Meet the IP Thought Leaders: Eric Stasik

Meet the IP Thought Leaders: Eric Stasik by David L. CohenI first met Eric Stasik some 5 years ago when I was at Vringo. When we first met, it took no more than 10 minutes to appreciate how lucky I was to have him on my team. Eric has an uncanny ability to, very quickly, see through can’t and cut to the core issues at hand. More importantly, he finds solutions. Eric gets stuff done quickly, effectively, and cost efficiently.  Having seen him at work in the years since, my appreciation of Eric and what he brings to the table has only deepened.

Eric currently provides assistance and guidance to firms engaged in commercial patent license negotiations through his consultancy, Avvika AB.  I am honored he agreed to this interview.
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When Vringo Met China’s NDRC

When Vringo Met China's NDRC by David L. CohenIntellectual Asset Management Magazine (IAM) today published a short excerpt of my and Doug Clark’s forthcoming, longer piece on China’s anti-monopoly law (AML) and how it has been applied to standard essential patents (SEPs).   The published excerpt concerns China’s National Development and Reform Commission’s (NDRC) investigation of Vringo undertaken at the behest of ZTE.  The piece focuses on two hair-raising meetings I had with NDRC officials in Beijing where all manner of explicit and implicit threats to my life, liberty, and property were made.  Read more

Meet the IP Thought Leaders: Donal O’Connell

Meet the IP Thought Leaders: Donal O’Connell by David L. CohenOver the course of my 20+ years practicing law, I have had the honor of working with many individuals at the cutting edge of all aspects of intellectual property. I consider myself very lucky that most of these folks, in addition to being luminaries in the industry, are good people and have welcomed me into their professional world with open arms. To celebrate these individuals, I am inaugurating a series of interviews. Read more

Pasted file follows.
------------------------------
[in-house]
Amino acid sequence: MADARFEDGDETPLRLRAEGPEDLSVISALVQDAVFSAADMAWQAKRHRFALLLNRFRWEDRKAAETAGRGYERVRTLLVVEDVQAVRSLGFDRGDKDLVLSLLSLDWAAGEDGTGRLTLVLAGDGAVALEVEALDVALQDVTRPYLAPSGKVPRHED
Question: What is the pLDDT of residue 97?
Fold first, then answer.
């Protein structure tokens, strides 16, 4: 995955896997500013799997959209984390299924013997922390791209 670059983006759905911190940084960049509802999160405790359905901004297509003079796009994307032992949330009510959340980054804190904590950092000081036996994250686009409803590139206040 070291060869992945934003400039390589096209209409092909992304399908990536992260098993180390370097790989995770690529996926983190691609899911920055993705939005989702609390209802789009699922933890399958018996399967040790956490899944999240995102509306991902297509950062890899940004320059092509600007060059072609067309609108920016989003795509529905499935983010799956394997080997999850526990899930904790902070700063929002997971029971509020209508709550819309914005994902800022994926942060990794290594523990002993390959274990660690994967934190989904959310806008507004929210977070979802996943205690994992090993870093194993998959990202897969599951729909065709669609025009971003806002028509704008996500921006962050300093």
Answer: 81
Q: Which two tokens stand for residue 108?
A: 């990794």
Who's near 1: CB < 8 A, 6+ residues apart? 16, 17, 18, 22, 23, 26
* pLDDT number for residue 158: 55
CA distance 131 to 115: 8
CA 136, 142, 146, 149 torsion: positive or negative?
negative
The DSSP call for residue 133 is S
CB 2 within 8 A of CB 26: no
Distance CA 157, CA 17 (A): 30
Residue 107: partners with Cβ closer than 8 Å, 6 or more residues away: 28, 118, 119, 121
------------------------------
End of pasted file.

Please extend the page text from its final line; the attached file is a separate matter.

Steps to Take if You Receive a Patent Demand Letter (Part 3)

Steps to Take if You Receive a Patent Demand Letter (Part 3) by David L. Cohen

This article is the next piece of my series discussing patent demand letters. Part one, reviewed the initial considerations and steps one should make upon receiving a patent demand letter. Part two explored the subject or content of the letter — i.e., what is the sender asking for? Part three addresses evaluating the merits.

At this stage it might not be worthwhile to perform a full analysis of the letter’s claims, but it is definitely worth performing at least a high-level review.   Read more

A Short History of Vringo’s Battle with ZTE

A Short History of Vringo’s Battle with ZTEThis paper was originally written as a source material for my presentation at the ABA’s 2017 IP West as part of the The China Paradox – October 11-12, 2017, Long Beach, CA, and subsequently edited and supplemented.

I.                The Vringo Background